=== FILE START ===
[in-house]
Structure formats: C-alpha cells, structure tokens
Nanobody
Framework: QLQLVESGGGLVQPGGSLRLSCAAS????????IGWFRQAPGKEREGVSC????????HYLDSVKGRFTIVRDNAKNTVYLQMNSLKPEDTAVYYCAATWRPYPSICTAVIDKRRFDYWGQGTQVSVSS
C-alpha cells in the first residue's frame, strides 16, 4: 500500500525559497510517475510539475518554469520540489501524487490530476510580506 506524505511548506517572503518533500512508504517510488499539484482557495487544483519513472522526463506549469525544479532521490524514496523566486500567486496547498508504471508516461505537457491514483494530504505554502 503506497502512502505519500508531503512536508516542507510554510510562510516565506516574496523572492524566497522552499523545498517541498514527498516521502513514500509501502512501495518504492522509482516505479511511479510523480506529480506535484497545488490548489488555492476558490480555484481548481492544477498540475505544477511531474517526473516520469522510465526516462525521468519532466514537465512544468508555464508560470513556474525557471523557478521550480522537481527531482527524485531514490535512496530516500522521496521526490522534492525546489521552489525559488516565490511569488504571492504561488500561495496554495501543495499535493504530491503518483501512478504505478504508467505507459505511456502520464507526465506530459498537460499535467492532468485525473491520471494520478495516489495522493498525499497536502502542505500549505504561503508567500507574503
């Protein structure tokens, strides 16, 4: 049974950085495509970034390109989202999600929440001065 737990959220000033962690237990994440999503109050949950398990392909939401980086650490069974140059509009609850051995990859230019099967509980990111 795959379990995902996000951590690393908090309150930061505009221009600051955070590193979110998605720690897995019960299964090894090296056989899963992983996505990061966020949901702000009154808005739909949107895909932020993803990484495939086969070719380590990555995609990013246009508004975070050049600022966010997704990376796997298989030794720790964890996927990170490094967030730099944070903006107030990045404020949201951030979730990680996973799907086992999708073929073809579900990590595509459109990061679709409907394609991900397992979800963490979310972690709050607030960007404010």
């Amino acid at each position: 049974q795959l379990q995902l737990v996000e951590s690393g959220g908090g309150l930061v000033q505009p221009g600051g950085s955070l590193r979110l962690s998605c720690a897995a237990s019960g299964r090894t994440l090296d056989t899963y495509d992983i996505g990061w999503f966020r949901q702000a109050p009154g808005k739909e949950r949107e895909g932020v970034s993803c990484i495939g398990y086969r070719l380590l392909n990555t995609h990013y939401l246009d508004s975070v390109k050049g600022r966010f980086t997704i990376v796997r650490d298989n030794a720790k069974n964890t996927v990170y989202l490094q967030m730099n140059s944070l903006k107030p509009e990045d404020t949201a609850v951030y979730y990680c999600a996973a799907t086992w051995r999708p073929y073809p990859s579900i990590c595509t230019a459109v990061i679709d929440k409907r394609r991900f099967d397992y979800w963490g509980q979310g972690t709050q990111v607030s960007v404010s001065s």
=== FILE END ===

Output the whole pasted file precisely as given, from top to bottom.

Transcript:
[in-house]
Structure formats: C-alpha cells, structure tokens
Nanobody
Framework: QLQLVESGGGLVQPGGSLRLSCAAS????????IGWFRQAPGKEREGVSC????????HYLDSVKGRFTIVRDNAKNTVYLQMNSLKPEDTAVYYCAATWRPYPSICTAVIDKRRFDYWGQGTQVSVSS
C-alpha cells in the first residue's frame, strides 16, 4: 500500500525559497510517475510539475518554469520540489501524487490530476510580506 506524505511548506517572503518533500512508504517510488499539484482557495487544483519513472522526463506549469525544479532521490524514496523566486500567486496547498508504471508516461505537457491514483494530504505554502 503506497502512502505519500508531503512536508516542507510554510510562510516565506516574496523572492524566497522552499523545498517541498514527498516521502513514500509501502512501495518504492522509482516505479511511479510523480506529480506535484497545488490548489488555492476558490480555484481548481492544477498540475505544477511531474517526473516520469522510465526516462525521468519532466514537465512544468508555464508560470513556474525557471523557478521550480522537481527531482527524485531514490535512496530516500522521496521526490522534492525546489521552489525559488516565490511569488504571492504561488500561495496554495501543495499535493504530491503518483501512478504505478504508467505507459505511456502520464507526465506530459498537460499535467492532468485525473491520471494520478495516489495522493498525499497536502502542505500549505504561503508567500507574503
């Protein structure tokens, strides 16, 4: 049974950085495509970034390109989202999600929440001065 737990959220000033962690237990994440999503109050949950398990392909939401980086650490069974140059509009609850051995990859230019099967509980990111 795959379990995902996000951590690393908090309150930061505009221009600051955070590193979110998605720690897995019960299964090894090296056989899963992983996505990061966020949901702000009154808005739909949107895909932020993803990484495939086969070719380590990555995609990013246009508004975070050049600022966010997704990376796997298989030794720790964890996927990170490094967030730099944070903006107030990045404020949201951030979730990680996973799907086992999708073929073809579900990590595509459109990061679709409907394609991900397992979800963490979310972690709050607030960007404010």
């Amino acid at each position: 049974q795959l379990q995902l737990v996000e951590s690393g959220g908090g309150l930061v000033q505009p221009g600051g950085s955070l590193r979110l962690s998605c720690a897995a237990s019960g299964r090894t994440l090296d056989t899963y495509d992983i996505g990061w999503f966020r949901q702000a109050p009154g808005k739909e949950r949107e895909g932020v970034s993803c990484i495939g398990y086969r070719l380590l392909n990555t995609h990013y939401l246009d508004s975070v390109k050049g600022r966010f980086t997704i990376v796997r650490d298989n030794a720790k069974n964890t996927v990170y989202l490094q967030m730099n140059s944070l903006k107030p509009e990045d404020t949201a609850v951030y979730y990680c999600a996973a799907t086992w051995r999708p073929y073809p990859s579900i990590c595509t230019a459109v990061i679709d929440k409907r394609r991900f099967d397992y979800w963490g509980q979310g972690t709050q990111v607030s960007v404010s001065s």